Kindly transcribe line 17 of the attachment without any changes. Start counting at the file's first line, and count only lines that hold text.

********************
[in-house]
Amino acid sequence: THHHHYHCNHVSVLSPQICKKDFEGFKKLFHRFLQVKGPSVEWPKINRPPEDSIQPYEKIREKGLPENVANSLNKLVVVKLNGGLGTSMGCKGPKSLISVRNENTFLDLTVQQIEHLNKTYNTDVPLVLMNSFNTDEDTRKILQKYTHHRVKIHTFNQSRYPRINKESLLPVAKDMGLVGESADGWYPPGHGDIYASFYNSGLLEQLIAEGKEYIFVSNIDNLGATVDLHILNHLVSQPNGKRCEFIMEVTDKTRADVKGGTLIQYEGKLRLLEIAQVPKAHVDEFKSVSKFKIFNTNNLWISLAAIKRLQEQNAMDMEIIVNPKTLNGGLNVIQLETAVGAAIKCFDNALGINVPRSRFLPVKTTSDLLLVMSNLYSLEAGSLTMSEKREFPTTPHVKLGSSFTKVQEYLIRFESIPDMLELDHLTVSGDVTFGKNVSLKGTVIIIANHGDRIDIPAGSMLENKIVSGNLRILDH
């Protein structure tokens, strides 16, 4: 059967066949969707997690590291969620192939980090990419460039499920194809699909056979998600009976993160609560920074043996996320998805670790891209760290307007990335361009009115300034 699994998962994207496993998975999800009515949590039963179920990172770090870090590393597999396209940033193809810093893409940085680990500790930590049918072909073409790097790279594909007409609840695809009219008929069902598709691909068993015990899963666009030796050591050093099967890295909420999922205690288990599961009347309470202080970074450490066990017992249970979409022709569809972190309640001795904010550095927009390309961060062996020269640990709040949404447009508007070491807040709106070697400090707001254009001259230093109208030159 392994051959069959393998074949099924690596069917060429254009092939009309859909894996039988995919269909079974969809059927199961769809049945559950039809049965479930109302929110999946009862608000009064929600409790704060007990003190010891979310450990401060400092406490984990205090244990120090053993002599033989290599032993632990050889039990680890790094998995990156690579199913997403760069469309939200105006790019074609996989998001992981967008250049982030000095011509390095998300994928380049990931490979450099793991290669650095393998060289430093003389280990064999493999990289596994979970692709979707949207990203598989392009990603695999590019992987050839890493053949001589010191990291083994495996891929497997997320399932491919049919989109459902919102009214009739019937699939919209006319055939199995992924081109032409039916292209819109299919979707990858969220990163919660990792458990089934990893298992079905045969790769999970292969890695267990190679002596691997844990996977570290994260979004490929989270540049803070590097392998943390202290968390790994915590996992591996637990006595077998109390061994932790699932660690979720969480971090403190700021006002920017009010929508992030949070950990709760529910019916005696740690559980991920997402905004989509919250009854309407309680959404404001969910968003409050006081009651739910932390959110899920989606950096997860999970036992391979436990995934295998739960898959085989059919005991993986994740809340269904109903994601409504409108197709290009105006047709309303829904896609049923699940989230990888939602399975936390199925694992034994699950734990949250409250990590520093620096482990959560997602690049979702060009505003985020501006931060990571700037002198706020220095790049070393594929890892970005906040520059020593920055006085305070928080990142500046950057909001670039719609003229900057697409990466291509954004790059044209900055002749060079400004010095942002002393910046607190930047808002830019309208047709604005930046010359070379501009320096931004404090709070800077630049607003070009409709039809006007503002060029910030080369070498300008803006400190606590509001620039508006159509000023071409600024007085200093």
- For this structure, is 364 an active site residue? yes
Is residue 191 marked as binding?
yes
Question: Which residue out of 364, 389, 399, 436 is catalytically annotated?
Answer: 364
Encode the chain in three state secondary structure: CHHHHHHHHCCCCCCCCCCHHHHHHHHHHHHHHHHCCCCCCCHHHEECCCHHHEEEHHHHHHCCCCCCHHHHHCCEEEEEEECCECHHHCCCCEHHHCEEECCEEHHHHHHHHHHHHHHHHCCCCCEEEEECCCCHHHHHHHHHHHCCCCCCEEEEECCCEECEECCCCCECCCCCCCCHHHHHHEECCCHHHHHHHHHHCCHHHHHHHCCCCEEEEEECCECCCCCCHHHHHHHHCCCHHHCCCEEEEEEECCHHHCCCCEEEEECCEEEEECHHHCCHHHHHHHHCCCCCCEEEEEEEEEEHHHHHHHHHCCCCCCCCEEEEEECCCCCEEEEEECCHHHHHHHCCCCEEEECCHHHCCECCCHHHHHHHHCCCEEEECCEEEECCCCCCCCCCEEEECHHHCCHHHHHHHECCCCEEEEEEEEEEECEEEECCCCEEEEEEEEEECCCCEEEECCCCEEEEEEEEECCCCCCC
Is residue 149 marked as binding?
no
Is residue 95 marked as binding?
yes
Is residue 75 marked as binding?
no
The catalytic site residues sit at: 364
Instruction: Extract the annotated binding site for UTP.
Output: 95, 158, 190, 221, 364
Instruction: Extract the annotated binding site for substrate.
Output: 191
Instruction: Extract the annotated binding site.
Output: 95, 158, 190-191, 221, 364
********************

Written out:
Instruction: Extract the annotated binding site for UTP.